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Mortality

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During the US book tour for his memoir, Hitch-22, Christopher Hitchens collapsed in his New York hotel room to excoriating pain in his chest and ... Show synopsis

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Reviews of Mortality

Overall customer rating: 5.000
christopher

Life worth living

by christopher on Nov 25, 2013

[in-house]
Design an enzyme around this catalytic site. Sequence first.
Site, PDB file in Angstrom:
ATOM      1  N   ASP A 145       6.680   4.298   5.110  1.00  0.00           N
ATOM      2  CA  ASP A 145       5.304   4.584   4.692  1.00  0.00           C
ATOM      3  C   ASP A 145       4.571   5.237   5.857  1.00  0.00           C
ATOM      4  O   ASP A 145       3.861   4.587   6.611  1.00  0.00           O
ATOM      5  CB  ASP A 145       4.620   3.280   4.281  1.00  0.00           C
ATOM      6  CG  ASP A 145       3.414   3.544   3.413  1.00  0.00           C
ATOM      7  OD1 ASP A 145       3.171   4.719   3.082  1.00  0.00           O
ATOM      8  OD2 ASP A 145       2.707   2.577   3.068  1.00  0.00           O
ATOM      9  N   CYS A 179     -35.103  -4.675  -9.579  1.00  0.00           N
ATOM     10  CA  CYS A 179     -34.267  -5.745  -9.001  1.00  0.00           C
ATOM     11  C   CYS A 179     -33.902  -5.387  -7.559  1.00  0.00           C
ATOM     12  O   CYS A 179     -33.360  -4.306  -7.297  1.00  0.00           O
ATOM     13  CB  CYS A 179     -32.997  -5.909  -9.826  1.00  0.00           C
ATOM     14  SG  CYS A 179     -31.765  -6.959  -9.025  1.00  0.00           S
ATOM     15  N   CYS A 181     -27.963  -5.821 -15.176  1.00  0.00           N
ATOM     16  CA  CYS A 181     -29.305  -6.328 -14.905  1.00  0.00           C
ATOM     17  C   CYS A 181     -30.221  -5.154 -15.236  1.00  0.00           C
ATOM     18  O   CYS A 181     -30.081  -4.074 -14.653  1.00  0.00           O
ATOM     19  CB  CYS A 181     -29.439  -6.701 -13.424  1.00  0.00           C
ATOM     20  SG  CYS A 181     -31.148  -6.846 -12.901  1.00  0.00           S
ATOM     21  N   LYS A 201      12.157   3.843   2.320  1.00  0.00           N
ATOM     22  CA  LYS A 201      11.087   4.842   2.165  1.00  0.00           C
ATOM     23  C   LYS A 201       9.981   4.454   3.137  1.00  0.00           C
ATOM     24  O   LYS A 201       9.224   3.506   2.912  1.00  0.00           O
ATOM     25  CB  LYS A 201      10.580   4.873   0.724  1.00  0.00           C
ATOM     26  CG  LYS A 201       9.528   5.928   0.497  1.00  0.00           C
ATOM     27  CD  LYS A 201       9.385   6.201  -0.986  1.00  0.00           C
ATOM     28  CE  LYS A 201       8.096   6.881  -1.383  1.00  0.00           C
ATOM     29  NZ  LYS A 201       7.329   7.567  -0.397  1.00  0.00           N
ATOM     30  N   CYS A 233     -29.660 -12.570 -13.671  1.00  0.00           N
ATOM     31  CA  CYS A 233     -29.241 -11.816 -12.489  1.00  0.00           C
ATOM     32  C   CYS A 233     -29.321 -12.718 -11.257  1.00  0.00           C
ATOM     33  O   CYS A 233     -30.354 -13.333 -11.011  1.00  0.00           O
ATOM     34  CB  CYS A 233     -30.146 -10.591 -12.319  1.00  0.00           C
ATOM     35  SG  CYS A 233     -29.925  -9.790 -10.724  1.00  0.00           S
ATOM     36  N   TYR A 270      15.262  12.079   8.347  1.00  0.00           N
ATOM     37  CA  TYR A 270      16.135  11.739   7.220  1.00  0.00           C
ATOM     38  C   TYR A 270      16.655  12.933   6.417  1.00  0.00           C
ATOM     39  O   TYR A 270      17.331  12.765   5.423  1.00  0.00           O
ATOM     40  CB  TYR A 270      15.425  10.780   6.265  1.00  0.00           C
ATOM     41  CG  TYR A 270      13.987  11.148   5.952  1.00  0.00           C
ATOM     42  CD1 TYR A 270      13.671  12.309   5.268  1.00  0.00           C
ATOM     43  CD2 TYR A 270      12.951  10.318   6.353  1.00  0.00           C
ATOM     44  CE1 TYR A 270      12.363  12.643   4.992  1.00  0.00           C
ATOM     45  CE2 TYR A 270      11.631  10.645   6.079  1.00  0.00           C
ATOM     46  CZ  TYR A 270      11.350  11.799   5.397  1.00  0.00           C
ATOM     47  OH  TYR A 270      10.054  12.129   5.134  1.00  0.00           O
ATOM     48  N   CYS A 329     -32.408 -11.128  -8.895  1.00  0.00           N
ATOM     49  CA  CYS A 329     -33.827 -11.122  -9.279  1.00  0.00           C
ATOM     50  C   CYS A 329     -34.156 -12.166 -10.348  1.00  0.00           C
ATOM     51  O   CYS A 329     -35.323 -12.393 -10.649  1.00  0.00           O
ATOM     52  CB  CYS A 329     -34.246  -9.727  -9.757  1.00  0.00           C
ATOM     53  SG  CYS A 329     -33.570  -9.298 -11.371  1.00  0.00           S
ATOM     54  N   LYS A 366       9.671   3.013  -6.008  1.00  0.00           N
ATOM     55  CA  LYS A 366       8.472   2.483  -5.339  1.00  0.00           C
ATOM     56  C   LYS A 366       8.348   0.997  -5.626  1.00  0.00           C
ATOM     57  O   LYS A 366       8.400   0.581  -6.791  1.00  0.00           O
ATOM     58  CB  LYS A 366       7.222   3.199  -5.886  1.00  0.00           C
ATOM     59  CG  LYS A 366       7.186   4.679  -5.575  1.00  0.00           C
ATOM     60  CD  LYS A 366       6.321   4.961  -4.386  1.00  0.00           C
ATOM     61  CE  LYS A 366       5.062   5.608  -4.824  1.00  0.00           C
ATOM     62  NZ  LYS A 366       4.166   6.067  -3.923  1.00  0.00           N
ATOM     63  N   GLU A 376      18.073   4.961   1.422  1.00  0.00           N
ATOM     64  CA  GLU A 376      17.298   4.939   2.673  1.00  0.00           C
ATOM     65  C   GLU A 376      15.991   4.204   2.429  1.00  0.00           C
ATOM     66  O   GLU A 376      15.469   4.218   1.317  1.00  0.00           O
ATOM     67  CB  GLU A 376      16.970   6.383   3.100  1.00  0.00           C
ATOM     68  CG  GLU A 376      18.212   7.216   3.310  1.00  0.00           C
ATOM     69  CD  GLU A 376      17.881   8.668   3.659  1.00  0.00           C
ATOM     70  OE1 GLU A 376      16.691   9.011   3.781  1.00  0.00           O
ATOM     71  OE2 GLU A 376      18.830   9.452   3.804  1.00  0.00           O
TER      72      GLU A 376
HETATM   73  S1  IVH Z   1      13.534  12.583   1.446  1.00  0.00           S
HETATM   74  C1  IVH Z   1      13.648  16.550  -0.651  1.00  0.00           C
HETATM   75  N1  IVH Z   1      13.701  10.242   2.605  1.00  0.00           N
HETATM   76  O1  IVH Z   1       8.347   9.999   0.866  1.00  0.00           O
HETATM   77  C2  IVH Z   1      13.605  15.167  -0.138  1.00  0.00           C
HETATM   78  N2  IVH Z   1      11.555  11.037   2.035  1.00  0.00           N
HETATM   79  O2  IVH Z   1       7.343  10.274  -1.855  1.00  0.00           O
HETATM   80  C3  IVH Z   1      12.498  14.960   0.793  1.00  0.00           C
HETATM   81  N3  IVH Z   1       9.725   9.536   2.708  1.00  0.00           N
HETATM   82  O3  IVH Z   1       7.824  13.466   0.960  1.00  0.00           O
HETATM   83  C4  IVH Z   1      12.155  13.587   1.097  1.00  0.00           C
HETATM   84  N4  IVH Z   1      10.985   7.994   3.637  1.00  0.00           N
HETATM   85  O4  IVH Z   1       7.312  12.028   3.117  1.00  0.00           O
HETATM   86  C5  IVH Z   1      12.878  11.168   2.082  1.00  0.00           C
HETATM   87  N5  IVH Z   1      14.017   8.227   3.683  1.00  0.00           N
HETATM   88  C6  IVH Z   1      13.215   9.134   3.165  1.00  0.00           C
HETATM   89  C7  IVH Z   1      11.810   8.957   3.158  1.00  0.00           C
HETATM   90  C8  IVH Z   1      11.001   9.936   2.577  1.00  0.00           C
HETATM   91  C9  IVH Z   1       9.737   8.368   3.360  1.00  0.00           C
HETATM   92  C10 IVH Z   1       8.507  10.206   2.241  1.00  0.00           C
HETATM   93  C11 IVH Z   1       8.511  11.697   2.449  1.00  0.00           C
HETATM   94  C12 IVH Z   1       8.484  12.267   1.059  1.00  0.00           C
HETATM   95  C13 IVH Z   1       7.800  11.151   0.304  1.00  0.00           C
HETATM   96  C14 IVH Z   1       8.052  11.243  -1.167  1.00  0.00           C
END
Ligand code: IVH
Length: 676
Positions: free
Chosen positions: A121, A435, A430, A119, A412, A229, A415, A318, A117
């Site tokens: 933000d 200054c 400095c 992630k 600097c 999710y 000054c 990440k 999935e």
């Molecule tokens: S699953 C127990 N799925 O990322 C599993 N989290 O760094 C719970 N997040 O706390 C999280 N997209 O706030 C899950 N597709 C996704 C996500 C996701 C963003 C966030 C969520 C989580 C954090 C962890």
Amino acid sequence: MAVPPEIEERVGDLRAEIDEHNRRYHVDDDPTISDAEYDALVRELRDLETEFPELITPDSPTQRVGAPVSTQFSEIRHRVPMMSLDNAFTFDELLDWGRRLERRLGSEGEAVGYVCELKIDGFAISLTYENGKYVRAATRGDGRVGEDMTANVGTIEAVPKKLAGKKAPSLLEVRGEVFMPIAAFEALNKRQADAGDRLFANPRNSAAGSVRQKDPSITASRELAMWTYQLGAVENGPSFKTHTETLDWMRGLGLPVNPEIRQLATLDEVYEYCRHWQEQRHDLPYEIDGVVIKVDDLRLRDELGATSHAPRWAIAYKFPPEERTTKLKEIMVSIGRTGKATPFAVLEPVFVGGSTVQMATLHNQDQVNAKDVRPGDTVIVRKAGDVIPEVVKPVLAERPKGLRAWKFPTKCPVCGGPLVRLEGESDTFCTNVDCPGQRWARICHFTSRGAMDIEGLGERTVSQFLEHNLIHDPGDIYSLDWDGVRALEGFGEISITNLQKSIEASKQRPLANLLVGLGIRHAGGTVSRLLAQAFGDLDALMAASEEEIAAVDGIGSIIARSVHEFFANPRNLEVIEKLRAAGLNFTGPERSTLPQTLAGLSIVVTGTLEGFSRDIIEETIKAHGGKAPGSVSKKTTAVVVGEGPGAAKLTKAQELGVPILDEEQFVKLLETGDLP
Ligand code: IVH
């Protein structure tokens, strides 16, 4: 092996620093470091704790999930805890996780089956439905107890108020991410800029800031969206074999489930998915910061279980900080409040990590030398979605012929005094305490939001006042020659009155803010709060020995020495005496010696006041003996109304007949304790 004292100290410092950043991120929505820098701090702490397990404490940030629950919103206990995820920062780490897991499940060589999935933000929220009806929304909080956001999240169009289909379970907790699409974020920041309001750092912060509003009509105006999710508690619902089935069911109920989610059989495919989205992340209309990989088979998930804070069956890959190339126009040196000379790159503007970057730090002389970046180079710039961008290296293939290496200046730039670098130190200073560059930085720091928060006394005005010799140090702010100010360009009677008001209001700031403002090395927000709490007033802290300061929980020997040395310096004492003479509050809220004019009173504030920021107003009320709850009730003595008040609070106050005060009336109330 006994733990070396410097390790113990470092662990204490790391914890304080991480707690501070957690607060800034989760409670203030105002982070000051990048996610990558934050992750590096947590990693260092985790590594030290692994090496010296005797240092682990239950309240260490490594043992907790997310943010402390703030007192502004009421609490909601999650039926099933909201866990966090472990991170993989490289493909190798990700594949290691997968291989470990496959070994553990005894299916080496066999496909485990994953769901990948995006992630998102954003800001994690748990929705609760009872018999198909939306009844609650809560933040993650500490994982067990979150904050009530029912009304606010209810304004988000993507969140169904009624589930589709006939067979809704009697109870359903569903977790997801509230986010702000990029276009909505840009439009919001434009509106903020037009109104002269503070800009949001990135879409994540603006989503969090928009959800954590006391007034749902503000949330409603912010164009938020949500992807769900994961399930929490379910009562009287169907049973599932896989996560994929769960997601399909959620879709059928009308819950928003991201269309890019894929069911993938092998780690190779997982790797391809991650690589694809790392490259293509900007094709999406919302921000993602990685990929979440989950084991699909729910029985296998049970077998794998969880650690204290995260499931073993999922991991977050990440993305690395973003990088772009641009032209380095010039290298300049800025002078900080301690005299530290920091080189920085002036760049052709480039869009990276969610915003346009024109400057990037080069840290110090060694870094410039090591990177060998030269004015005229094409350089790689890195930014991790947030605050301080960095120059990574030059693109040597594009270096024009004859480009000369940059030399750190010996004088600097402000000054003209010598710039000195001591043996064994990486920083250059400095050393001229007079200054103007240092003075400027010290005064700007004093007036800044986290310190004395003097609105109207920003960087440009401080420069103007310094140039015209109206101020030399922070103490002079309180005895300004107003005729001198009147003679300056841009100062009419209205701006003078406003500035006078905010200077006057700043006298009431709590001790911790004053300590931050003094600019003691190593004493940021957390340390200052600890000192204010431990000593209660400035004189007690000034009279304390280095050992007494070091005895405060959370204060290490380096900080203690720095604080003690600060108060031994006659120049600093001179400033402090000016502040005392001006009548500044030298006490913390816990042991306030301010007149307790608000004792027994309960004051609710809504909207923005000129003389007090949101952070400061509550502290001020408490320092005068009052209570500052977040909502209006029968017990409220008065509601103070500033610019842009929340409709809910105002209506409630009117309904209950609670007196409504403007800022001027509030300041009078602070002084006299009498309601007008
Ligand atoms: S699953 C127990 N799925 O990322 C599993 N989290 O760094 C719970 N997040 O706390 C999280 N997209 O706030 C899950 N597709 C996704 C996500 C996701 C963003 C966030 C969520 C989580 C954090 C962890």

In a scene from my all time favourite film, Woody Allen?s Manhattan, Woody starts to recount those things that make life worth living. I have played this game with friends many times over the years. My list of things that make life worth living is; (family and friends are a given), Woody Allen of course, the film Manhattan, Virginia Woolf?s ?Mrs Dalloway, Salvador Dali?s ?Christ of St John on the Cross?, Charleston Farmhouse in Sussex, Monty Python?s ?Life of Brian?, Morecambe and Wise, Peacock Butterflies, David Hockney?s ?A Bigger Splash?, Hitchcock?s ?Rear Window?, The Edinburgh Book Festival, David Sylvian, Philip Glass etc. Over the years there have been a few additions. Christopher Hitchens became one of those additions. I have been putting off the reading of Mortality for sometime knowing full well the subject matter contained within its pages; not only the last words of a superlative orator and writer but details of his horrendous illness, oesophageal cancer. My cowardice probably also stems from the knowledge that I am less than ten years away from the age that Christopher Hitchens died, 62. As to be expected the writing is not self-piteous, there is no element of self-aggrandizement in any of its 106 pages. Mr Hitchens style of writing makes one want to go around pulping every pencil, drain every pen and smash ones keyboard knowing that you will probably never write as well as he did. However, I am sure Christopher Hitchens would want you to buy new pencils, refill those pens and repair that keyboard and attempt to equal or better his writing. In ?Mortality?, as to be expected, religion rears its ugly head in the form of monotheists letting Mr Hitchens know that he deserves to die, that God has struck him down in vengeance. Christopher Hitchens in his usual pithy and direct manner surmised that God was rather mundane and routine in his vengeance to give him oesophageal cancer which was highly likely to occur anyway due to his heavy smoking. My honorific review can never fully convey the extent of how wonderful the book is without falling into the quicksand of cliché. So, I will simply end this review with a direct and succinct command: READ THIS BOOK!

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